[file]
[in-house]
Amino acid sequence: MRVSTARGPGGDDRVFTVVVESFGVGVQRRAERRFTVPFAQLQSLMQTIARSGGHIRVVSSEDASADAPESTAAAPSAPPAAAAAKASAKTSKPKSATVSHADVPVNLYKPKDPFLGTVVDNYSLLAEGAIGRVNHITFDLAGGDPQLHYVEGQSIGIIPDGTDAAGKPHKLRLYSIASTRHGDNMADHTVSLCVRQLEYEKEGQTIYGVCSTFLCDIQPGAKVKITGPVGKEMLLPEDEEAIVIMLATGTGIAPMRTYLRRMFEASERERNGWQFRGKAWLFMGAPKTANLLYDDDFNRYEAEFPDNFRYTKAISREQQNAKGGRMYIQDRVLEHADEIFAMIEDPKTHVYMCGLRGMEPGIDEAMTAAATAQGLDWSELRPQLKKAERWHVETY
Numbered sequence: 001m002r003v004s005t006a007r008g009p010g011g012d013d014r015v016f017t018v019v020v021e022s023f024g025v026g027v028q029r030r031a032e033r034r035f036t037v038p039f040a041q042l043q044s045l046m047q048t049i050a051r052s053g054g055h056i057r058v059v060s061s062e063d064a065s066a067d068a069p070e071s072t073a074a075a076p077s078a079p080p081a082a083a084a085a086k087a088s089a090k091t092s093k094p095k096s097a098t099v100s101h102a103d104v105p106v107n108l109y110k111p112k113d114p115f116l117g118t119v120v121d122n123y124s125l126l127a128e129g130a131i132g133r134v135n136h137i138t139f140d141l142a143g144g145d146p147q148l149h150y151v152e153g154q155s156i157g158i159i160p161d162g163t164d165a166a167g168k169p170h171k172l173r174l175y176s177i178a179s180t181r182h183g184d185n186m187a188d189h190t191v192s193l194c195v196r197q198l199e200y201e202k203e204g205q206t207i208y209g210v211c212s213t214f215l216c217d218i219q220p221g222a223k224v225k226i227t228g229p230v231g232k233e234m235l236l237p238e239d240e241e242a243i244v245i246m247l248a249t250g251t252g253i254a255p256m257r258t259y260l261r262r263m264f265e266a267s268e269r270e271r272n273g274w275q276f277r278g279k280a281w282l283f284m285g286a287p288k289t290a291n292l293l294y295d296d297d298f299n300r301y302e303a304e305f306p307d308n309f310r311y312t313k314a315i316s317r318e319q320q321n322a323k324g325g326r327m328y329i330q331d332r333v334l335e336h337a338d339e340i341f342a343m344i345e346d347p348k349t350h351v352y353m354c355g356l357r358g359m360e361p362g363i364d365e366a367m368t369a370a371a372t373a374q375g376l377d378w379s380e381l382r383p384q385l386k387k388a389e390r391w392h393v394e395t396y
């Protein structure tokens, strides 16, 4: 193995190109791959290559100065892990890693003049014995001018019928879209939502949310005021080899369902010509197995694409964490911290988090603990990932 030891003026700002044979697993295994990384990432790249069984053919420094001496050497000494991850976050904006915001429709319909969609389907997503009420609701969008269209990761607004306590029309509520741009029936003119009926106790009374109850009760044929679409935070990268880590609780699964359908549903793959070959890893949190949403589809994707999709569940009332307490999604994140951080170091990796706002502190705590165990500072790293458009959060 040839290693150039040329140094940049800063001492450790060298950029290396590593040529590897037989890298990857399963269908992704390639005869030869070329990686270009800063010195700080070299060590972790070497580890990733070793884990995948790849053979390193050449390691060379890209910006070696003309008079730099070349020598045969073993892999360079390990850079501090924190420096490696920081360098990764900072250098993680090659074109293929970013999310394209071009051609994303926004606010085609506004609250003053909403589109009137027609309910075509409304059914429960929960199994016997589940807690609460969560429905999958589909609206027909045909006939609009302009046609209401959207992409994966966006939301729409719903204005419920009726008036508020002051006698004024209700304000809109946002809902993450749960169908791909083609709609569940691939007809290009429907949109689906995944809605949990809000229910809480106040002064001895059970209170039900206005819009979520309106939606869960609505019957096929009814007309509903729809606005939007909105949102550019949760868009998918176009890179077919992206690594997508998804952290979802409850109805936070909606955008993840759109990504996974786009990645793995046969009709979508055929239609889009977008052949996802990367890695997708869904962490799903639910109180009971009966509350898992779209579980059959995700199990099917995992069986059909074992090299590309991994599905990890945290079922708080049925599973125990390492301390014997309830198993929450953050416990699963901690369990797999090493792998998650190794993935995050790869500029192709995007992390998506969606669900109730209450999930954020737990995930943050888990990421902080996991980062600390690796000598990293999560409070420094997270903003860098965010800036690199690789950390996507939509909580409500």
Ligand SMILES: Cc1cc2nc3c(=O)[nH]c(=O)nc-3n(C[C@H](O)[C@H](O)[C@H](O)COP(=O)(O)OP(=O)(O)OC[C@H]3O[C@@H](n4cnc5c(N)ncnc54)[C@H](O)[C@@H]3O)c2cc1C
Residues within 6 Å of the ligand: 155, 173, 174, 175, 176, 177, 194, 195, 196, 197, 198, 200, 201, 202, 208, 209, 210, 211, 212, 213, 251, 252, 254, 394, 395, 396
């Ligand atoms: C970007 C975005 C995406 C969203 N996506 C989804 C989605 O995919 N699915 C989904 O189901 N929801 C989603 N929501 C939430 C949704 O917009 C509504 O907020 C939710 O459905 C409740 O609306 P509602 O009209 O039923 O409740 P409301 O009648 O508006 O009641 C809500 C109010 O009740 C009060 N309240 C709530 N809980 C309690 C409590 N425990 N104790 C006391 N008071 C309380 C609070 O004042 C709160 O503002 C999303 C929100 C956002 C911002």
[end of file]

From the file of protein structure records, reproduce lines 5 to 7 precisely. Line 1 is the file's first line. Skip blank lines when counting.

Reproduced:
Ligand SMILES: Cc1cc2nc3c(=O)[nH]c(=O)nc-3n(C[C@H](O)[C@H](O)[C@H](O)COP(=O)(O)OP(=O)(O)OC[C@H]3O[C@@H](n4cnc5c(N)ncnc54)[C@H](O)[C@@H]3O)c2cc1C
Residues within 6 Å of the ligand: 155, 173, 174, 175, 176, 177, 194, 195, 196, 197, 198, 200, 201, 202, 208, 209, 210, 211, 212, 213, 251, 252, 254, 394, 395, 396
């Ligand atoms: C970007 C975005 C995406 C969203 N996506 C989804 C989605 O995919 N699915 C989904 O189901 N929801 C989603 N929501 C939430 C949704 O917009 C509504 O907020 C939710 O459905 C409740 O609306 P509602 O009209 O039923 O409740 P409301 O009648 O508006 O009641 C809500 C109010 O009740 C009060 N309240 C709530 N809980 C309690 C409590 N425990 N104790 C006391 N008071 C309380 C609070 O004042 C709160 O503002 C999303 C929100 C956002 C911002």